There was once a man of great faith who found himself at the mercy of a disastrous flood (which is not related to, nor intended to be a comment on, recent events). As he climbed onto his roof, he was not concerned, so secure was he in the knowledge that God would save him.
As he waited for divine rescue, his neighbors came by in a little canoe and said to him, “Get in the canoe. There is room for you and we’ll take you to dry land with us.” The man replied, “No, thanks. You go on ahead and save yourselves. I’ll wait here for God to save me.”
Some time later, a rescue crew came by in a motor boat. They said, “Get in the boat. There is room for you and we’ll take you to dry land with us.” The man replied, “No, thanks. You go on ahead and rescue others. I’ll wait here, because God will save me.”
Some considerable time later, a helicopter flew by overhead. Seeing the stranded man, they threw down a rope ladder and said, “Climb the ladder and get in the helicopter. There is room for you and we’ll take you to dry land with us.” The man replied, “No, thanks. You go on ahead and rescue others. I’ll wait here, because God will save me.”
Much to the man’s surprise, he died. He ascended into Heaven where, once inside the pearly gates, he sought out God with a question. “Heavenly Father”, he said, “I waited and waited for you. Why didn’t you save me?” God answered, “I sent you two boats and a helicopter. What more do you want?”
An entire industry has grown up around helping you find your life’s purpose, your soul’s intention. There are books, seminars and websites devoted to this noble aim. You’re advised to remember what you loved as a child, write in your journal and meditate. There are clues in your astrological chart, (which I can help you with!), answers in Tarot cards, messages from animals and prayers for guidance. Dood, the entire Universe is conspiring to help you find and live a meaningful life.
I could go on for hours about why this is such a difficult process. Our mainstream culture does not, or has not, supported what may be derisively referred to as “navel gazing.” If introspection isn’t valued, neither are activities and pursuits that don’t avail themselves of a clear and certain profit margin.
Children who are creative are encouraged to pursue more practical endeavors. Kids who may prefer to spend their time doing scientific experiments in the basement may be told to go play outside. Television is rife with images of a limited version of success as measured by such things as big houses and expensive cars. Music and art programs are the first to be cut from school budgets. If a video game exists in which the aim is to create a meaningful life for your character, please let me know because I haven’t seen it.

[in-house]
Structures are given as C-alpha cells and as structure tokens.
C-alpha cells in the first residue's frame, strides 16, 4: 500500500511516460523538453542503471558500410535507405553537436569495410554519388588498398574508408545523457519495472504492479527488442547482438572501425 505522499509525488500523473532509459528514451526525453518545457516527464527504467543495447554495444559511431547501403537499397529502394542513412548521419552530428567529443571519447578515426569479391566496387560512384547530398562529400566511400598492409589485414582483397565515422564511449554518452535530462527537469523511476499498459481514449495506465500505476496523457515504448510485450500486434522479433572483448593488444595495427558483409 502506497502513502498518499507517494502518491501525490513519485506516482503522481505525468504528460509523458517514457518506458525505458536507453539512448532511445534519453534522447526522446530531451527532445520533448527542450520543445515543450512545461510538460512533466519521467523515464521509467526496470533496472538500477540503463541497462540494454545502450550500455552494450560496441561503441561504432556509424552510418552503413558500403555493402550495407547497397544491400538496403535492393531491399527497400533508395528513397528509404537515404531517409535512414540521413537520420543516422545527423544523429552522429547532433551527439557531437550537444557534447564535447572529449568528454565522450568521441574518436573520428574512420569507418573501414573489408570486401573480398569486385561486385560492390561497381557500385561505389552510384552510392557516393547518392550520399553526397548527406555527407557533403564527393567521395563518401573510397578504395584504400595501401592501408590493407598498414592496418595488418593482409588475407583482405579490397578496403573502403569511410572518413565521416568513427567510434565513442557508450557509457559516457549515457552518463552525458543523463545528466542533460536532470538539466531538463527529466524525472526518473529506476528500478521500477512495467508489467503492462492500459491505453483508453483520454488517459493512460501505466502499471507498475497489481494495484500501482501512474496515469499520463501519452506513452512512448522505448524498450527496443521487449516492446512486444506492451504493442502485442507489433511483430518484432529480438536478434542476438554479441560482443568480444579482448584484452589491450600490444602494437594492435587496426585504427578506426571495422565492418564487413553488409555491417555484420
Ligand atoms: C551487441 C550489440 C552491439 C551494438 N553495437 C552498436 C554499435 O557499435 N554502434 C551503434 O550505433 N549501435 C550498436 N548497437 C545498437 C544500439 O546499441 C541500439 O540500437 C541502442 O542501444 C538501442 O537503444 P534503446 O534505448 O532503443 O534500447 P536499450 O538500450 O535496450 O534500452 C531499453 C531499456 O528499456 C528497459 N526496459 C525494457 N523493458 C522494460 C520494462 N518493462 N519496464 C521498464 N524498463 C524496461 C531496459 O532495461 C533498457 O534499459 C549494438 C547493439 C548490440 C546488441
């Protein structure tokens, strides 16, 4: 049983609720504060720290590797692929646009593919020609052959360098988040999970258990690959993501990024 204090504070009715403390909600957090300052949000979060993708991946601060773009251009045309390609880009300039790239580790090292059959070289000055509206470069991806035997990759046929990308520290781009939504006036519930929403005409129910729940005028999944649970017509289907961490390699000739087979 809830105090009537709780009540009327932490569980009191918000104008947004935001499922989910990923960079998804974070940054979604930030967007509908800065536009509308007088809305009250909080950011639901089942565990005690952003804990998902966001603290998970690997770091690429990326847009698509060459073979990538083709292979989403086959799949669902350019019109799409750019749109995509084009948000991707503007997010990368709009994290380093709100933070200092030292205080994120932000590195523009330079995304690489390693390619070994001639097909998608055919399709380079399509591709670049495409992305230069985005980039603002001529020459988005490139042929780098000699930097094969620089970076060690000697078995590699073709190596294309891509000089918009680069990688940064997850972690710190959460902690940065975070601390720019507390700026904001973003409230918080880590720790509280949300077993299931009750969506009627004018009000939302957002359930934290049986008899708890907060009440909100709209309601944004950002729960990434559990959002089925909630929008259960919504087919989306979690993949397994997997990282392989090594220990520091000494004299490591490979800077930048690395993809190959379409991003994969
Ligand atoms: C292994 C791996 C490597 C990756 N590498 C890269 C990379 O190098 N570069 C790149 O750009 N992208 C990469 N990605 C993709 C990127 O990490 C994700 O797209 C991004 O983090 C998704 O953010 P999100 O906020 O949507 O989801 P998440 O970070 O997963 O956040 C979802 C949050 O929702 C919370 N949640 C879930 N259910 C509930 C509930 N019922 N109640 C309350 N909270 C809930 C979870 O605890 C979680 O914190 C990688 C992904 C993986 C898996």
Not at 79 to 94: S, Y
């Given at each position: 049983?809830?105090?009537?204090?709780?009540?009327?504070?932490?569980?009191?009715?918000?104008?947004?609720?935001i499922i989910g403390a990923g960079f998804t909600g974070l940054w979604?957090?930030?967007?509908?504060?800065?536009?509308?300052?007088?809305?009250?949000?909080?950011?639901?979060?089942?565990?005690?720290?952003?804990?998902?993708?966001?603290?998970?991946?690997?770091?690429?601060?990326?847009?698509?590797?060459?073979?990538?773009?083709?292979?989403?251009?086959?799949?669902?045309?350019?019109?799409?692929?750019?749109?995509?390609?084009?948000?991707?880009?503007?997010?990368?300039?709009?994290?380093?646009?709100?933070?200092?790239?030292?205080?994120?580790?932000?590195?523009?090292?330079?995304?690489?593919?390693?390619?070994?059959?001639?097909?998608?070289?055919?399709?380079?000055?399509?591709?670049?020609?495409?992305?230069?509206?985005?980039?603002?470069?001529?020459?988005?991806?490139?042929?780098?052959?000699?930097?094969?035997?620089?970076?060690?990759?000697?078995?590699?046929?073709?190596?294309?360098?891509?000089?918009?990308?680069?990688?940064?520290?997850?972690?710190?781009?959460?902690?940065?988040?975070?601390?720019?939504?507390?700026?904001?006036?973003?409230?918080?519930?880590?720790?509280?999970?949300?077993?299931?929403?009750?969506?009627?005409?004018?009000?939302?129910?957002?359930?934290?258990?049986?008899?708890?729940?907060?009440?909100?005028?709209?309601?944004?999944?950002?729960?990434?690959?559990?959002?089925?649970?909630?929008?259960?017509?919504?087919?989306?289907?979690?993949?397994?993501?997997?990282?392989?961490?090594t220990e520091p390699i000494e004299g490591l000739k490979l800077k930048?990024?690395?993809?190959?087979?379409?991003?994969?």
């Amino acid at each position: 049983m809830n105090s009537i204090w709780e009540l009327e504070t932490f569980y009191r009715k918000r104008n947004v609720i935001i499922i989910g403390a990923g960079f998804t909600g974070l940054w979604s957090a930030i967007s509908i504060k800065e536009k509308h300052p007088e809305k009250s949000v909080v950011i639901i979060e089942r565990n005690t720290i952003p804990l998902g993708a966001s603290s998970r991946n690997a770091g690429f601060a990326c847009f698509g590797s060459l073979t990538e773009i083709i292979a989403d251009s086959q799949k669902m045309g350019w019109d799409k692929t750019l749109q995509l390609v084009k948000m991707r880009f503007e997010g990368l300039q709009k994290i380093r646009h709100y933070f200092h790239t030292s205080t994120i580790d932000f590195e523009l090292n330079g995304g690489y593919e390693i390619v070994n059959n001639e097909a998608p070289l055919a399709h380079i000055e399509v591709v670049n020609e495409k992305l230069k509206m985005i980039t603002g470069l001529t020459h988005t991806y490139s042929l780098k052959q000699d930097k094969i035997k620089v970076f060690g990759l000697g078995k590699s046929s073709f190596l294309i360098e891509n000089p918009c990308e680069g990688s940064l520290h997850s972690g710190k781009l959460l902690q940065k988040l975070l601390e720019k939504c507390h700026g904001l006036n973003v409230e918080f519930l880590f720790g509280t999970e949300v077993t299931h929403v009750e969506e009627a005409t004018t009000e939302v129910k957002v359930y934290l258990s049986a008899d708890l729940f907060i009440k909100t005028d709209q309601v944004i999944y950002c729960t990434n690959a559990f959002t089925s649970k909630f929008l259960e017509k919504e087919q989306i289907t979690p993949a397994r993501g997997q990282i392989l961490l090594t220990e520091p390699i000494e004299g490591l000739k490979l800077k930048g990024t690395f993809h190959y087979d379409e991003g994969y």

Your parents meant well when they told you that music or art would not provide you with adequate financial support. They drank the cool aid which led them to believe that success means a house in the suburbs and 2.4 kids. (I think I knew some of those .4 kids growing up.) They wanted you to have what they thought you needed and were trying to protect you from a life as a, literally, starving artist. In school, the kids with the best grades or, oddly, the best athletes, were admired and applauded. All of these thing conspire to bury your own dreams, which regrettably leads to lives of the quiet desperation kind.
Perhaps you did dream of being a stockbroker or real estate mogul. Maybe you spent your childhood play time doing surgery on Barbie and Ken. It’s possible you were a budding politician even in preschool. You could be one of the lucky ones who aspired to life as a pro ball player. I find it odd that sports are so encouraged because, if only a handful of people become rock stars, it is also true that there are a finite number of pro ball teams. Perhaps it has something to do with police and football being the modern substitutes for knights and jousting. If you were instead a tiny poet or ballet dancer, it is less likely that you were encouraged to pursue a career as such.
And so we arrive at adulthood, make the big bucks, drive a fancy car and vacation annually at Necker Island. (If you vacation at Necker Island, call me. I desperately want to be your new BFF.) Most of these supposed trappings of success are what, if I can paraphrase, Henry David Thoreau referred to as booby prizes for living a miserable life. (Yes, I said “booby.” Get over it. What are you, 12?)
To be continued…